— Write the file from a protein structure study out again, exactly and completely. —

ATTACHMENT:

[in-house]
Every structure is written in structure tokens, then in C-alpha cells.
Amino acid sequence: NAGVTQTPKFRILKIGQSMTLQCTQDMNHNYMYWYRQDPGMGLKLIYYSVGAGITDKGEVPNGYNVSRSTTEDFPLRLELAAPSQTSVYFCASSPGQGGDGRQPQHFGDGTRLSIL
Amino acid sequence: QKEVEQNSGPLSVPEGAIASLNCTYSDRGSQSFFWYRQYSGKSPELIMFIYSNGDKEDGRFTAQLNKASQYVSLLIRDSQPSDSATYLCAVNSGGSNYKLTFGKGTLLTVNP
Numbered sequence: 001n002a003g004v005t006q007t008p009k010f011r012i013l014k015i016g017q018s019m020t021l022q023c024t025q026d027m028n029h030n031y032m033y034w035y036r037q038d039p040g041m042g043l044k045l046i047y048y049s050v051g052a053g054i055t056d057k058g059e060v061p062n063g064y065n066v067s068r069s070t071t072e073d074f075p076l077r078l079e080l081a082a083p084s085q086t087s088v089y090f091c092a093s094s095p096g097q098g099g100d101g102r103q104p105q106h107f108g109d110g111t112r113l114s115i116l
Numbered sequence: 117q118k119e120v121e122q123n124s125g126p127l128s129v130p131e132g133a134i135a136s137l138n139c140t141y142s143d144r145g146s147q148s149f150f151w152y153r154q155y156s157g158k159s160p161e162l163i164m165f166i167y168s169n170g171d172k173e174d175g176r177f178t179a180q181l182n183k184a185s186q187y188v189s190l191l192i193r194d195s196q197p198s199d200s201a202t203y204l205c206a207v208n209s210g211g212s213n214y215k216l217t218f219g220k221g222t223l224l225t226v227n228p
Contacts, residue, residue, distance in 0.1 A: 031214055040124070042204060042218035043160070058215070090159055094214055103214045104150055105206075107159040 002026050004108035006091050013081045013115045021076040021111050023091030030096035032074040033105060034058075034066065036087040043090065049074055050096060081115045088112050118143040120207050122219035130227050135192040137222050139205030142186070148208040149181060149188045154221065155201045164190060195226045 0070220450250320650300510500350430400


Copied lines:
[in-house]
Every structure is written in structure tokens, then in C-alpha cells.
Amino acid sequence: NAGVTQTPKFRILKIGQSMTLQCTQDMNHNYMYWYRQDPGMGLKLIYYSVGAGITDKGEVPNGYNVSRSTTEDFPLRLELAAPSQTSVYFCASSPGQGGDGRQPQHFGDGTRLSIL
Amino acid sequence: QKEVEQNSGPLSVPEGAIASLNCTYSDRGSQSFFWYRQYSGKSPELIMFIYSNGDKEDGRFTAQLNKASQYVSLLIRDSQPSDSATYLCAVNSGGSNYKLTFGKGTLLTVNP
Numbered sequence: 001n002a003g004v005t006q007t008p009k010f011r012i013l014k015i016g017q018s019m020t021l022q023c024t025q026d027m028n029h030n031y032m033y034w035y036r037q038d039p040g041m042g043l044k045l046i047y048y049s050v051g052a053g054i055t056d057k058g059e060v061p062n063g064y065n066v067s068r069s070t071t072e073d074f075p076l077r078l079e080l081a082a083p084s085q086t087s088v089y090f091c092a093s094s095p096g097q098g099g100d101g102r103q104p105q106h107f108g109d110g111t112r113l114s115i116l
Numbered sequence: 117q118k119e120v121e122q123n124s125g126p127l128s129v130p131e132g133a134i135a136s137l138n139c140t141y142s143d144r145g146s147q148s149f150f151w152y153r154q155y156s157g158k159s160p161e162l163i164m165f166i167y168s169n170g171d172k173e174d175g176r177f178t179a180q181l182n183k184a185s186q187y188v189s190l191l192i193r194d195s196q197p198s199d200s201a202t203y204l205c206a207v208n209s210g211g212s213n214y215k216l217t218f219g220k221g222t223l224l225t226v227n228p
Contacts, residue, residue, distance in 0.1 A: 031214055040124070042204060042218035043160070058215070090159055094214055103214045104150055105206075107159040 002026050004108035006091050013081045013115045021076040021111050023091030030096035032074040033105060034058075034066065036087040043090065049074055050096060081115045088112050118143040120207050122219035130227050135192040137222050139205030142186070148208040149181060149188045154221065155201045164190060195226045 0070220450250320650300510500350430400